Western blot advice needed

D.K. dk at no.email.thankstospam.net
Wed Oct 23 22:34:15 EST 2002

Mike Levin <mlevin77 at attbi.com> wrote:
>Hi all -
>   We are trying to run a Western blot on a protein in the lysate from frog
>embryos. We have a really nice antibody to the protein we're interested in.
>This thing works great in immunohistochemistry and a competition assay with
>the peptide it was generated against is very clean, suggesting that the
>binding is quite specific. Here's the problem. This target is a 16 kDa
>proteolipid subunit which forms hexamers in vivo. On the Western, we see
>bands corresponding to monomers, dimers, trimers, etc. all the way up to the
>predicted hexamers. This happens even though our blot contains SDS
>(beta-mercaptoethanol, etc.) - in theory, it should be dissociated and all
>we should see is the monomer. For some reason, this thing is really
>difficult to dissociate. Heating the sample just makes it worse (possibly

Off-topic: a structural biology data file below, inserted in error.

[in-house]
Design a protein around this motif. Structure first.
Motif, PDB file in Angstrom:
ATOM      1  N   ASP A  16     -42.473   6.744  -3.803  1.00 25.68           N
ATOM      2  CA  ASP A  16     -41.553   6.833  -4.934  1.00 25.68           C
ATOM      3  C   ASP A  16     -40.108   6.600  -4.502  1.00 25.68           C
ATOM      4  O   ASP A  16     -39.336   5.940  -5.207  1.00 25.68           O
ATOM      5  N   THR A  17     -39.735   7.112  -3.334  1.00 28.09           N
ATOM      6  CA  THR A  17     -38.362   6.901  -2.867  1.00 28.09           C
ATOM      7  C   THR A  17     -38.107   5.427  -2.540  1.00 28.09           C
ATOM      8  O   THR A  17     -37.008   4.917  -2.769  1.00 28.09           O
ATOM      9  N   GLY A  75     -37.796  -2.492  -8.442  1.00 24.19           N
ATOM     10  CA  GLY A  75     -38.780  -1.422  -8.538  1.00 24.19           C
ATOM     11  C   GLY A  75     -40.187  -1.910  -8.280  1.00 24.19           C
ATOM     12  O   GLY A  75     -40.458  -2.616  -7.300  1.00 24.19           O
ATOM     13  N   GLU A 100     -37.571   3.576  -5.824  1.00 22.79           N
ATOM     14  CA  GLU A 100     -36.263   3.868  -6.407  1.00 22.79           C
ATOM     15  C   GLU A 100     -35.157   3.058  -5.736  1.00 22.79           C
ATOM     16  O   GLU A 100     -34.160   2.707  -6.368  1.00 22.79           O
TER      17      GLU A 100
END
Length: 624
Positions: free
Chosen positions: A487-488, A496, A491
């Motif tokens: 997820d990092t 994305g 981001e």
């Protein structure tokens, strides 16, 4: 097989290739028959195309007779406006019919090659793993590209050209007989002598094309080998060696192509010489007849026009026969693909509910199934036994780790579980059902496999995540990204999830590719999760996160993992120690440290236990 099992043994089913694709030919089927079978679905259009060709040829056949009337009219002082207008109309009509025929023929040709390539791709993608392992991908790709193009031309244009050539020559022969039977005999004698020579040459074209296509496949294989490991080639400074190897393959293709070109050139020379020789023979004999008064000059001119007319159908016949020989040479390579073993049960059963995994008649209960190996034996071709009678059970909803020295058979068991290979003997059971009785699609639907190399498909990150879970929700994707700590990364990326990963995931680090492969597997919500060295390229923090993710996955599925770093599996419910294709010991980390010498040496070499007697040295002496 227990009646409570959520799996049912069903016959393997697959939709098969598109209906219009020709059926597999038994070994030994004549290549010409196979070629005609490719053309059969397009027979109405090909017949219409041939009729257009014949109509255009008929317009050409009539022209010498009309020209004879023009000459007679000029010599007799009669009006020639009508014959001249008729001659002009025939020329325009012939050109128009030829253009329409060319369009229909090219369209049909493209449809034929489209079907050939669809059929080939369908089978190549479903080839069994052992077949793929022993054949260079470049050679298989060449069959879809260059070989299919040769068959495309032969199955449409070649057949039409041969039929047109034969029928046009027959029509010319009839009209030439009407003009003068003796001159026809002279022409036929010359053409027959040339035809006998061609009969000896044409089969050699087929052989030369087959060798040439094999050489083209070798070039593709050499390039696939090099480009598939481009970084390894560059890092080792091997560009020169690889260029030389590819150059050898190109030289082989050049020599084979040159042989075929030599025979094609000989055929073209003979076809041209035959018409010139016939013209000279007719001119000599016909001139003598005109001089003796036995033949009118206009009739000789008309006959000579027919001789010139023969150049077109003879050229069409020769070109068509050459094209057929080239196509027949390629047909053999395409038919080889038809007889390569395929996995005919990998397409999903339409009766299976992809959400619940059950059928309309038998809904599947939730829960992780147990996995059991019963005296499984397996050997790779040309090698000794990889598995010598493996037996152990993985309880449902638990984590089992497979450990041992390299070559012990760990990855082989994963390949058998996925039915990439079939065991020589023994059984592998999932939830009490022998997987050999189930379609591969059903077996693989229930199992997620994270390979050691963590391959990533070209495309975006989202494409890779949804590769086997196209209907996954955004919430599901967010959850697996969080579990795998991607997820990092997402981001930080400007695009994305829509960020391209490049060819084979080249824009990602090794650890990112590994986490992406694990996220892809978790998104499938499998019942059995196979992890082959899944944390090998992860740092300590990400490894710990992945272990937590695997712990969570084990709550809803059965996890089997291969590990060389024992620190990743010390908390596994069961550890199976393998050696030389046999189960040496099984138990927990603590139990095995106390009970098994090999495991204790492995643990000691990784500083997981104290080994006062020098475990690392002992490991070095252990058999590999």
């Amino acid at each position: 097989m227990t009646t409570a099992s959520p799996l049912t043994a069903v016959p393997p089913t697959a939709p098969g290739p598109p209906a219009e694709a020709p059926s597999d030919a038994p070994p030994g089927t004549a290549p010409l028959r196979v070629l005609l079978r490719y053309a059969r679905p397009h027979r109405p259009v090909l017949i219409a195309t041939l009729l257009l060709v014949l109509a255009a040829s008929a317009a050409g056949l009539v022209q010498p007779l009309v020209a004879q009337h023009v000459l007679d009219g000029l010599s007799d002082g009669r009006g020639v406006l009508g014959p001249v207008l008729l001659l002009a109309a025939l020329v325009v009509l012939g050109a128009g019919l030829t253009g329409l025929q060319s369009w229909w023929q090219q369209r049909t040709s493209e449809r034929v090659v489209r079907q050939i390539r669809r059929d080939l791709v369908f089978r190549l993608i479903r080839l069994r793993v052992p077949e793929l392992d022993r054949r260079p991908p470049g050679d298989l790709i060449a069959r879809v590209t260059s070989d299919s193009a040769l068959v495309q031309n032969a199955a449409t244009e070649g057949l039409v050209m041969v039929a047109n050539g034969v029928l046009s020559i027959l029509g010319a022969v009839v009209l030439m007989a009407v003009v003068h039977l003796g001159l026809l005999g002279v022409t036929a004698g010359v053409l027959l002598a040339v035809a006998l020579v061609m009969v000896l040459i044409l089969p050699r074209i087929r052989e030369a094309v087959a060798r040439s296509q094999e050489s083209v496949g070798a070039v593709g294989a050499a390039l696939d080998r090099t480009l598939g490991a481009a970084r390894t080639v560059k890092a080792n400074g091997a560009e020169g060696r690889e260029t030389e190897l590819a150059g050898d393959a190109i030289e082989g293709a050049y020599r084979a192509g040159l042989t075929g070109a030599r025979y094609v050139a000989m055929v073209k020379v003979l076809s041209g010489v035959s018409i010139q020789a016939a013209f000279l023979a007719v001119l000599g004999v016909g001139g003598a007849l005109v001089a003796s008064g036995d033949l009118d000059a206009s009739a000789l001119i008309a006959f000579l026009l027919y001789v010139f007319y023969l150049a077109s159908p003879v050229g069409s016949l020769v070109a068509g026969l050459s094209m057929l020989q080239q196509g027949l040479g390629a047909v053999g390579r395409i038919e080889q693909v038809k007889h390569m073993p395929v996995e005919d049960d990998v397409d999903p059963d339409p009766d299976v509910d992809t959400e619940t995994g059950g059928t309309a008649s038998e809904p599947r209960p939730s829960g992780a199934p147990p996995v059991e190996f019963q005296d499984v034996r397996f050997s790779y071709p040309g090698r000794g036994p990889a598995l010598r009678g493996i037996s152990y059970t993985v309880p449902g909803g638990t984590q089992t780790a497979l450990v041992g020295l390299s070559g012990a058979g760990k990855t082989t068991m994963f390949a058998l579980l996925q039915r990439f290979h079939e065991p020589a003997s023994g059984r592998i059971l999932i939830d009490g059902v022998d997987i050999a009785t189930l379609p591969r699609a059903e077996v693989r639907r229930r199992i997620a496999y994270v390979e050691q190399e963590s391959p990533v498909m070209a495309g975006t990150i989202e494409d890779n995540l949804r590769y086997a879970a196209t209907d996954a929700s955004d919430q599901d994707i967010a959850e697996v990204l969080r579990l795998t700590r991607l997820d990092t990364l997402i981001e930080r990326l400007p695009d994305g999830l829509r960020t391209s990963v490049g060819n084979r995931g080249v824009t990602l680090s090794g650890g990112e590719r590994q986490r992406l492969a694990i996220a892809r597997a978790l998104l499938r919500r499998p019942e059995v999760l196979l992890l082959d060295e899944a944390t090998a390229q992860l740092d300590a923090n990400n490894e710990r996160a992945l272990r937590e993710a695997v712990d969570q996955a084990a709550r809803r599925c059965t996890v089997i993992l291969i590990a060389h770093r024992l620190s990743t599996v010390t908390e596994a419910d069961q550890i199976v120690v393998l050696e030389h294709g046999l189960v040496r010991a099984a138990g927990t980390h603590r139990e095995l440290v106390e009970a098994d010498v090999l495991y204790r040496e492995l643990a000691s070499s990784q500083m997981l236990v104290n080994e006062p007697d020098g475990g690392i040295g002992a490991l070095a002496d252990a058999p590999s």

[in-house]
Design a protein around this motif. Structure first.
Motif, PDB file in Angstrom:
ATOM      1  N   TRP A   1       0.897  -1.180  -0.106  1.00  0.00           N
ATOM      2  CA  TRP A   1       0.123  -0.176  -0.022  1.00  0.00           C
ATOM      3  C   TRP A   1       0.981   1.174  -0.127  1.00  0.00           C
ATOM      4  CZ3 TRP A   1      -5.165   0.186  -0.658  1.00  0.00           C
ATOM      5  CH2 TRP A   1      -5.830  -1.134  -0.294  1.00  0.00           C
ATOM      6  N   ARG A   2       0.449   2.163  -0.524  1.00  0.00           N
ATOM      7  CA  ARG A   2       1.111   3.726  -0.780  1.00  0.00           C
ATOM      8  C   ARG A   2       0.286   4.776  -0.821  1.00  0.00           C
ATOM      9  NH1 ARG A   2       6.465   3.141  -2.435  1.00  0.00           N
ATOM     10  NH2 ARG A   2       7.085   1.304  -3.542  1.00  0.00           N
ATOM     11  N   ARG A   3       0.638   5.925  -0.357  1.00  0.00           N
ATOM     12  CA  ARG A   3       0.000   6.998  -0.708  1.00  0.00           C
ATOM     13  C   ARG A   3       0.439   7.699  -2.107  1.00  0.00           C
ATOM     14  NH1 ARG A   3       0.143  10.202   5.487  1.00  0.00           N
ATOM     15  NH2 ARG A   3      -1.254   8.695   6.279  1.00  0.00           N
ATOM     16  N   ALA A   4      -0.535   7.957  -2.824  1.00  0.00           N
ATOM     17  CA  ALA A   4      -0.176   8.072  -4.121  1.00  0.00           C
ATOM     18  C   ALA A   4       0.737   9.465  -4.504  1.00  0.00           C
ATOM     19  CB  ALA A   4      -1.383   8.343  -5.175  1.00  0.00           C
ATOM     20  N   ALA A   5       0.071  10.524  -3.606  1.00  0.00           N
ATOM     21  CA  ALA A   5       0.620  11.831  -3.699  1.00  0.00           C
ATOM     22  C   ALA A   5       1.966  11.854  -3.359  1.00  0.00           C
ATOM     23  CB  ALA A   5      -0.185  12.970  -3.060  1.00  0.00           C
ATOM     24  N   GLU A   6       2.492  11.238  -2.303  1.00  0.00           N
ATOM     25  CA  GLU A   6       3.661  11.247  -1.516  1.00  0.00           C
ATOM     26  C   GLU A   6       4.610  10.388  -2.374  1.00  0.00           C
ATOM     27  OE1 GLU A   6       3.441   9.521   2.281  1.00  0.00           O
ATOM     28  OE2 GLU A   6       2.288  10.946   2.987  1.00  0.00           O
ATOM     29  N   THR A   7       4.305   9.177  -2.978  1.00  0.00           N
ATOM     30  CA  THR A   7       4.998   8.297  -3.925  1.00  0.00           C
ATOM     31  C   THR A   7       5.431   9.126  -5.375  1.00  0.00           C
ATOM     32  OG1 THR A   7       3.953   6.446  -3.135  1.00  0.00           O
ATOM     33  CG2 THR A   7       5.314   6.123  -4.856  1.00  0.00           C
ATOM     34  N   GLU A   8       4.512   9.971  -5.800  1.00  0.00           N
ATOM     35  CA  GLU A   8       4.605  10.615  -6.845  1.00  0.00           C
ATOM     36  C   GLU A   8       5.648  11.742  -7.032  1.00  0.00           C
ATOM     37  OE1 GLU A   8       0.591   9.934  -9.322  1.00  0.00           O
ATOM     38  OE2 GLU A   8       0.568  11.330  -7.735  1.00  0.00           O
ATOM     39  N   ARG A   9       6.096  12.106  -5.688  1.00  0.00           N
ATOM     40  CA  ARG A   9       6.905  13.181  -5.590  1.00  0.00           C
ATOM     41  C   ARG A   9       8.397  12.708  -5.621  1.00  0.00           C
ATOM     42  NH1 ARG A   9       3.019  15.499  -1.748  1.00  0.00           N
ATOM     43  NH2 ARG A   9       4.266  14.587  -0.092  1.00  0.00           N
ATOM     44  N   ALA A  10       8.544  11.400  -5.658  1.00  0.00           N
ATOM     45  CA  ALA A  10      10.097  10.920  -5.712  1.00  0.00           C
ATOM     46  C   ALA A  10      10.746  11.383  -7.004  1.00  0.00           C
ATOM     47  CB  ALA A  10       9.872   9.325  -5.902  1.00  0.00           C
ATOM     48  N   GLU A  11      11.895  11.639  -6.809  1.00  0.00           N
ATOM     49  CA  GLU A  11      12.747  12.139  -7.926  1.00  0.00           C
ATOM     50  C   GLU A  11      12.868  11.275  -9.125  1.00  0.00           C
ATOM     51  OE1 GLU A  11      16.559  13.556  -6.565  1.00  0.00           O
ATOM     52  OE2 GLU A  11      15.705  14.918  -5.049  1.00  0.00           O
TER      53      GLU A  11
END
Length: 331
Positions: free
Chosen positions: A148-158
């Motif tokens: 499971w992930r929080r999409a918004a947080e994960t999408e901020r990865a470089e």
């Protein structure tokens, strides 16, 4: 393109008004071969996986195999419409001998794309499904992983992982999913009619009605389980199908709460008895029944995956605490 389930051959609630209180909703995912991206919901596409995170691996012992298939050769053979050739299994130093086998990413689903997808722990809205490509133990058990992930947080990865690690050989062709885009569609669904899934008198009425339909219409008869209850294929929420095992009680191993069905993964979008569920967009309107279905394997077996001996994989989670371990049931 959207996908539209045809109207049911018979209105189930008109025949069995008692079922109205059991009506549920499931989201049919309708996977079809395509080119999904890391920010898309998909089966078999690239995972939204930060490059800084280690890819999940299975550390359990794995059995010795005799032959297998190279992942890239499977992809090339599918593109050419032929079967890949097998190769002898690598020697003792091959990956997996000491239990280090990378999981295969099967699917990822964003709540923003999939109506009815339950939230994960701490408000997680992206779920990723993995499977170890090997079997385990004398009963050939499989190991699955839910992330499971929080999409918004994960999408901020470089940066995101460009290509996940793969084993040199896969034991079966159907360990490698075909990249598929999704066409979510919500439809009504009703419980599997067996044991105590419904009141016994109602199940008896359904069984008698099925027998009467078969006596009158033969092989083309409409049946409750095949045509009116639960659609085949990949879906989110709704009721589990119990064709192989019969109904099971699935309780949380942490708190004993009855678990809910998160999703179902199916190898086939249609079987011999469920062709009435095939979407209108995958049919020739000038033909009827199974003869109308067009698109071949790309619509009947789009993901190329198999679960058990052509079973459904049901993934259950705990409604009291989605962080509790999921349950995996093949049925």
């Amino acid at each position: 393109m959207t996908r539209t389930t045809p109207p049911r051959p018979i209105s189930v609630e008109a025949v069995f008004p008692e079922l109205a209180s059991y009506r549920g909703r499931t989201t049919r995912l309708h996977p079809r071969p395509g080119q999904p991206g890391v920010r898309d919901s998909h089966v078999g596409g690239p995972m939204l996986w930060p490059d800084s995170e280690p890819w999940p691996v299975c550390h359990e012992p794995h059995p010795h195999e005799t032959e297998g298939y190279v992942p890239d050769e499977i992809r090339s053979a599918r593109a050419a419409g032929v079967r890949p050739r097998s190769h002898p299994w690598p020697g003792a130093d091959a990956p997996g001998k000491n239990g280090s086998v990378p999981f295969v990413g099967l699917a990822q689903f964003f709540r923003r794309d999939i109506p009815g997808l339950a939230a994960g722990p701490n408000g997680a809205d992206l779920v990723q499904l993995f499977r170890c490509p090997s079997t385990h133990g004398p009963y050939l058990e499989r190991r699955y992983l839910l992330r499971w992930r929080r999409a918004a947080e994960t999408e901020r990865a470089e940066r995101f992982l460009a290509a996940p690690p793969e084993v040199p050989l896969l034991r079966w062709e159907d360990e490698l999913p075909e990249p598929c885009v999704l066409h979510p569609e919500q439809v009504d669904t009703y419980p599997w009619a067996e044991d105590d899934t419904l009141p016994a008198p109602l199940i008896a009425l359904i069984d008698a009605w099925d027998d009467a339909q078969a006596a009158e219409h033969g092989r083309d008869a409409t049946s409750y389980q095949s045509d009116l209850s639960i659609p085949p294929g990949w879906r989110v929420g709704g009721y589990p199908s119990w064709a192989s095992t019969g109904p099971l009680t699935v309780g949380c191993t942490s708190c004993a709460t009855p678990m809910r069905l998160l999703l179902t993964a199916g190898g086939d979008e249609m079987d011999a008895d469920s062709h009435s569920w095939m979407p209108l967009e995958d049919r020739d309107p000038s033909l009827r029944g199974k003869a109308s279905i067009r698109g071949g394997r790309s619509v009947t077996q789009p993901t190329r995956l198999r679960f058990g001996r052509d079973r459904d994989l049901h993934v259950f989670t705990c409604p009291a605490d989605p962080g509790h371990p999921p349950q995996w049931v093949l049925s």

>because of the lipid portion). Does anyone out there have any ideas as to
>how to modify a basic Western blot protocol to make sure that such complexes
>are dissociated? If you have any thoughts, please email me at
>mlevin at forsyth.org. Thanks in advance!!

It's a gel, not Western that needs to be dissociated. Similar 
things happen with a number of membrane proteins. Some remedies 
that worked in other cases: 

Do not heat at all - leave sample at room temperature,
use lauryl sulfate in place of SDS, use sucrose in loading buffer in 
place of glycerol, use 200 mM DTT in loading buffer in place of bME,
increase detergent concentration in loading buffer 2X. 

Additionally, if the source of the problem is indeed lipid, perhaps 
extracting your samples with chloroform first might help.


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